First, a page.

A $100,000 gift from Peninsula Regional Medical Center is funding a faculty
position the three previous University of Maryland Eastern Shore in support of student scholarships. Coupled with an honor of the financial institution. First Shore Federal
position in UMES’ physician’s assistant program. Left to right: Dr. Nicholas
years for $50,000 per year, Blanchard, dean, the School of Pharmacy and Health Professions; Dr. Linda earlier charitable donation, the gift boosts First Shore’s giving during the UMES Campaign previously donated $5,000 to support student
scholarships. Coupled with an earlier donation of
making its five-year Trotman, clinical coordinator, PA Department, Dr. William Talley, acting
for Academic Excellence to $25,000. $20,000, the S&L’s gift supports an endowed scholarship
assistant dean; Dr. Thomas Lawrence, PRMC’s chief medical officer; Dr.
investment in the PA Charles Williams, vice president of academic affairs; Darlene Jackson-Bowen, Donations of $25,000 made during the university’s current $14 million capital campaign fund for students transferring from Wor-Wic Community
College who study construction management technology.
position worth $250,000. chairperson and clinical assistant professor, PA Department, Peter Stanford, are recognized by naming a classroom in honor of the donor. The First Shore Federal
academic coordinator and clinical assistant professor, PA Department, and Dr.
“This collaboration Christjon Huddleston, medical director, PA Department. Savings and Loan Classroom is on the second floor of Hazel Hall.
between Peninsula Regional “We recognize how important UMES is to this region and to so many people on the
and UMES will further Shore,” bank president Marty Neat said. “We contribute because there are so many
expand the training and educational opportunities available at the university,” said Dr. Thomas impressive things happening at UMES.”
18 UNIVERSITY of MARYLAND EASTERN SHORE Annual Report 2010 19
Summary of major gifts 2009-10
First Shore made an initial $20,000 gift to endow a “Dr. Woods is an avid scientist and believes in education,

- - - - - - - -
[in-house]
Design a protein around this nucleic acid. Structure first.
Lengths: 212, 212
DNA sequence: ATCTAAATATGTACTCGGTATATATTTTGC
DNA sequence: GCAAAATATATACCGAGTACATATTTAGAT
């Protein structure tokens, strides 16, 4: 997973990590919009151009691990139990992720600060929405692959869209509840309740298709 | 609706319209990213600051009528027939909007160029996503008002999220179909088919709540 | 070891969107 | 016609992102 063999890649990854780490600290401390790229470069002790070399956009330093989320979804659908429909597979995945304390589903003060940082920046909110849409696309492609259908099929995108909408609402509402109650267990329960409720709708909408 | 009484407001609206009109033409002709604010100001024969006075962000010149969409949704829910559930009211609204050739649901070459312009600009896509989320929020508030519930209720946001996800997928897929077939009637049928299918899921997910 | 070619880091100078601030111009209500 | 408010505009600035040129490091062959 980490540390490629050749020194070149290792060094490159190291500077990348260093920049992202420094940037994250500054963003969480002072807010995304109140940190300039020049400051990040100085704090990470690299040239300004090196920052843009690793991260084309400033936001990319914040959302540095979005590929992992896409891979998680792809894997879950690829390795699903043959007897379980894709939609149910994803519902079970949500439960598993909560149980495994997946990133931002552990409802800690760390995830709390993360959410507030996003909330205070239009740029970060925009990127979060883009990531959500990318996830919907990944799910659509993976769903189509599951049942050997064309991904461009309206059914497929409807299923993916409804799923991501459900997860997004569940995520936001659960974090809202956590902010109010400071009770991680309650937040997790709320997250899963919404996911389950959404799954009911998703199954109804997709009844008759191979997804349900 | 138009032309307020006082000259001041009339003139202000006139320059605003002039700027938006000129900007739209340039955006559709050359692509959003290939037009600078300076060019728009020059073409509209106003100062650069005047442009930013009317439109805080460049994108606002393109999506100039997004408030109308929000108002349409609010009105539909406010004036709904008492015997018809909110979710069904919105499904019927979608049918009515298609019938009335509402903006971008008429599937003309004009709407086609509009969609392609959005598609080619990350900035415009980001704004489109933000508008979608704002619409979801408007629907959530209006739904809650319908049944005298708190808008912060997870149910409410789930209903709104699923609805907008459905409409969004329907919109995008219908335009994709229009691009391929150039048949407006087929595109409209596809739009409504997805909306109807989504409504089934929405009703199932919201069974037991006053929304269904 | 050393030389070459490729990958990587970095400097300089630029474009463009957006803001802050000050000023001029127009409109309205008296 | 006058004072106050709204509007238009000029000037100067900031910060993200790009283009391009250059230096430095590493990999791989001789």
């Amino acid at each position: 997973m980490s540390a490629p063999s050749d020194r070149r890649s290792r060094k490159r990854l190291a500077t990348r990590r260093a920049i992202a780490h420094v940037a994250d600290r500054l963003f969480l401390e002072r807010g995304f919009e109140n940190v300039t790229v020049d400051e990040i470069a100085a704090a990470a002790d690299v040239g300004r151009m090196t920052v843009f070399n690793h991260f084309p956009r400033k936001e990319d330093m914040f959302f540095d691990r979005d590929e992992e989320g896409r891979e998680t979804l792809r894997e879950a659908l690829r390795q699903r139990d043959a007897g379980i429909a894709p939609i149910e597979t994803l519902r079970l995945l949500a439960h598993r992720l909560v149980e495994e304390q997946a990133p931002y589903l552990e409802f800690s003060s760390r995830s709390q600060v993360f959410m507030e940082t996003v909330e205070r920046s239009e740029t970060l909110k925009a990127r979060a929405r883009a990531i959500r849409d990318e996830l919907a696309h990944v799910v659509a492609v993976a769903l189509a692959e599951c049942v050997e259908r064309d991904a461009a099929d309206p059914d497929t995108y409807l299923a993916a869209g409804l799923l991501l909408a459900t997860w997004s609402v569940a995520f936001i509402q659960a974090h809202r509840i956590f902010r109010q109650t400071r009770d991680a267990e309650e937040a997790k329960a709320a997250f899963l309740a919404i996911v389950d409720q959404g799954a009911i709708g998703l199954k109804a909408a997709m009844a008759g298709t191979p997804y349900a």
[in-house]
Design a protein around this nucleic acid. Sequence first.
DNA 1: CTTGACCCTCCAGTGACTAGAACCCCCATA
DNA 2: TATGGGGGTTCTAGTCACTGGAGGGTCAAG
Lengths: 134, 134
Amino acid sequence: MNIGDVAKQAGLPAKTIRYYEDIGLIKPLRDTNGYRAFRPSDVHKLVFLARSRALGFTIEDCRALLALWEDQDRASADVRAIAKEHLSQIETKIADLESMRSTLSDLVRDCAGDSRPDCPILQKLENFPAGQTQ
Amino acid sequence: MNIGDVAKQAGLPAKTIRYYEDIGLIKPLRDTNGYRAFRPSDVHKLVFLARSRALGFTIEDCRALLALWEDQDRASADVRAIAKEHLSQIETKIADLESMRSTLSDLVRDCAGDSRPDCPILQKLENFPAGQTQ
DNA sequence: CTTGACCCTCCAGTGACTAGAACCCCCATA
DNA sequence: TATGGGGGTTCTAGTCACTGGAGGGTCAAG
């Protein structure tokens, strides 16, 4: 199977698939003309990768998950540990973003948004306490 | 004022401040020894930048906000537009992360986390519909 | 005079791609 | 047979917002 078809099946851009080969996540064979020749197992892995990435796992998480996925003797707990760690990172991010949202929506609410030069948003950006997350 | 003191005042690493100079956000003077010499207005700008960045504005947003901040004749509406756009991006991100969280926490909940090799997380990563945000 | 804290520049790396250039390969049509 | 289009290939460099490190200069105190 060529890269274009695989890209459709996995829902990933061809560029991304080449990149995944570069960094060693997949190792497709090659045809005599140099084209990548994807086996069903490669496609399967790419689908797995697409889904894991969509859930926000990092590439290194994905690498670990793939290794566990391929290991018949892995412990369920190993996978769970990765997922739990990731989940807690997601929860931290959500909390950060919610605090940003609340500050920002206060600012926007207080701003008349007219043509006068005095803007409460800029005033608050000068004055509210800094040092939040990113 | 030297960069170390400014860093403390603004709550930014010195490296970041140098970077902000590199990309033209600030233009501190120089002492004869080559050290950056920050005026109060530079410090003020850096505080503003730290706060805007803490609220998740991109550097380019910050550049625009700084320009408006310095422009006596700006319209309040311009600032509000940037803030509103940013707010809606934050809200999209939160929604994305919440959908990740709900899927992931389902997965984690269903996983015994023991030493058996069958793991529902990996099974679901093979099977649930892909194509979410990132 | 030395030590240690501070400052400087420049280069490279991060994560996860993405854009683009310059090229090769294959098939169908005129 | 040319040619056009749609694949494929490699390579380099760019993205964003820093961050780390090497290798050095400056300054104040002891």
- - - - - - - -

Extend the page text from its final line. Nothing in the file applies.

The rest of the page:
scholarship for transfer students from Wor-Wic as evidenced by this gift,” said Kimberly Dumpson, Esq.,
Community College who major in construction director of alumni affairs and planned giving. “Her generosity
management technology at UMES. will make a lasting difference in the lives of our students.”
Delmarva Power, the utility company that provides Wayne K. Evans, president of Evans Builders Inc. of
much of the region with its energy, presented UMES with Salisbury, presented the University of Maryland Eastern
a $15,000 donation to support student scholarships. Shore’s construction management technology program with a
John J. Allen Jr., Delmarva Power’s Bay Region vice $2,500 gift. The donation will provide financial aid for
president, said, “It has been a tough economic time, and construction management technology students to purchase
fundraising has not been what it used to be. We are books and enable students and faculty to attend conferences
Perdue Farms of Salisbury continues to support graduate studies in food science with annual Photo by Jim Glovier
$10,000 donations. Left to right: Dr. Jurgen Schwarz, associate professor and director, Food pleased … to be able to present $15,000 in support of the and workshops. Left to right, Kimberly Dumpson, Esq., director of alumni affairs and planned giving; and
Science and Technology Ph.D. Program, Dr. Gladys Shelton, former interim dean, School of university.” Evans was motivated to give for two reasons: “My son, President Thelma B. Thompson, accept a $10,000 check from Elsa and Ernest Satchell to
Agricultural and Natural Science; Dr. Dave Owens, Perdue’s vice president of corporate endow a scholarship fund for the visual arts at UMES.